From Moment to Movement

Storytelling project seeks to amplify the voices of Central Iowa’s Black community

Above: About 1,000 people gathered for a call-to-action rally, “Together We Can Make a Change,” at the Iowa State Capitol on June 1.

Writer: Christine Riccelli
Photographer: Janae Gray

Janae Gray

As residents took to the streets this summer to protest the killing of George Floyd and rally for justice, Greater Des Moines photographer Janae Gray realized that each image she documented reflected a countless number of additional—and untold—stories.

“Everyone was coming together for a greater purpose, but I also saw that every single person there had their own story,” says the 31-year-old Gray. “I felt compelled to discover and share those stories.”

That drive led her to create Black Lives of DSM, a community storytelling project that seeks to amplify and chronicle the voices and stories of Central Iowa’s Black community. By providing intimate looks into the lives and experiences of Black residents, Gray hopes the project serves to build bridges within the larger community, providing a way to break down barriers in neighborhoods, public spaces and institutions such as schools and businesses.

Gray knows what it’s like to live in different worlds within the same city. Growing up in West Des Moines, “I learned to hide my Blackness early on,” she says. “There weren’t many outlets for culture or avenues for empowerment.

“When you hear and see something often enough, you start to believe it,” she adds, “like hearing negative comments about my hair. I would tend to straighten it as much as I could by nature of living in a predominantly white society.”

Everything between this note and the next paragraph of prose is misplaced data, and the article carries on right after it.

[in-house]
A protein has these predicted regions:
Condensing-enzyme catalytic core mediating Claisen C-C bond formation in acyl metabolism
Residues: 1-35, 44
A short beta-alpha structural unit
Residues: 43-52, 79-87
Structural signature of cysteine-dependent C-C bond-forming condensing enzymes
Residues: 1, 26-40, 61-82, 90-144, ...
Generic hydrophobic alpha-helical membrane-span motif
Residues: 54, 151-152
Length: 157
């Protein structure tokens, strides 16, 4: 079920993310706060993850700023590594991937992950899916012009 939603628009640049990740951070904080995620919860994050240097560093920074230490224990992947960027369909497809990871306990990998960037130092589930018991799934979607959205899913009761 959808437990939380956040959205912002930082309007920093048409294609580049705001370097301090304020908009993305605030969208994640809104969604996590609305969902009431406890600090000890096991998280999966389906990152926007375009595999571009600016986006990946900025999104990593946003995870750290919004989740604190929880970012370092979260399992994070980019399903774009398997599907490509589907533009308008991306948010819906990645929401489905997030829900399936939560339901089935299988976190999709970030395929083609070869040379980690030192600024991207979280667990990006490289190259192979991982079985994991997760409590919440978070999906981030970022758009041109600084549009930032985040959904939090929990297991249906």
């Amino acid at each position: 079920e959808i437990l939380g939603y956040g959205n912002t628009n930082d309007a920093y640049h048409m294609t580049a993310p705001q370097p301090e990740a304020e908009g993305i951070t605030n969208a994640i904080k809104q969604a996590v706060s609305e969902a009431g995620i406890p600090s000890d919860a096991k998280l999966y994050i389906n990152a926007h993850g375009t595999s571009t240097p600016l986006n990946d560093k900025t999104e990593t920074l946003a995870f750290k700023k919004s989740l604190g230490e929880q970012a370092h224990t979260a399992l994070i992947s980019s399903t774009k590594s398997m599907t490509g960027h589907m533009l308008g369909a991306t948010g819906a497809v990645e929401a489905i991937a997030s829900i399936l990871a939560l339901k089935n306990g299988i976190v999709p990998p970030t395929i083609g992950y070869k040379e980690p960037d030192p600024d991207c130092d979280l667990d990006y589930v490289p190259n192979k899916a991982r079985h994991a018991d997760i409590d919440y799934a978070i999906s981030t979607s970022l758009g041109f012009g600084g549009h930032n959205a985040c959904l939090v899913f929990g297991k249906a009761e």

For Black Lives of DSM, Gray and others involved in the project are interviewing individuals about what it means to them to be Black in Iowa, including their experiences, passions and dreams. The project also has visual elements, such as photo portraits or other images participants provide.

Overall, “we want the project to have an uplifting vibe, showing what people have overcome and the hard work they’ve done to get where they are,” Gray says.

Currently, the stories are being shared through Facebook ( and Instagram (@blacklivesofdsm), but as of press time, a blog was expected to be launched in early August ( Also in the plans are a book, podcasts, murals and exhibits. In addition, Gray hopes to eventually form a nonprofit and raise money to support Black community initiatives and policy change.

“I want the project to be something that lives on,” she says, “bridging the gap in communities to carry the movement into the future.”

These pup protesters in West Des Moines joined their people to show support for civil rights.

Protesters marched down Valley West Drive in West Des Moines on June 8. Demonstrations have taken place across the metro area over the past several months.

B.Well (Billy Weathers), a local activist and hip-hop artist, used music and dance moves to rally for justice.

The demonstrations drew a multitude of white participants as well, who voiced their own frustration with systemic racism.

Photographer Janae Gray captured this sign during a stop in West Des Moines, where neighbors living on a cul-de-sac provided food and water to protesters on a hot June evening.

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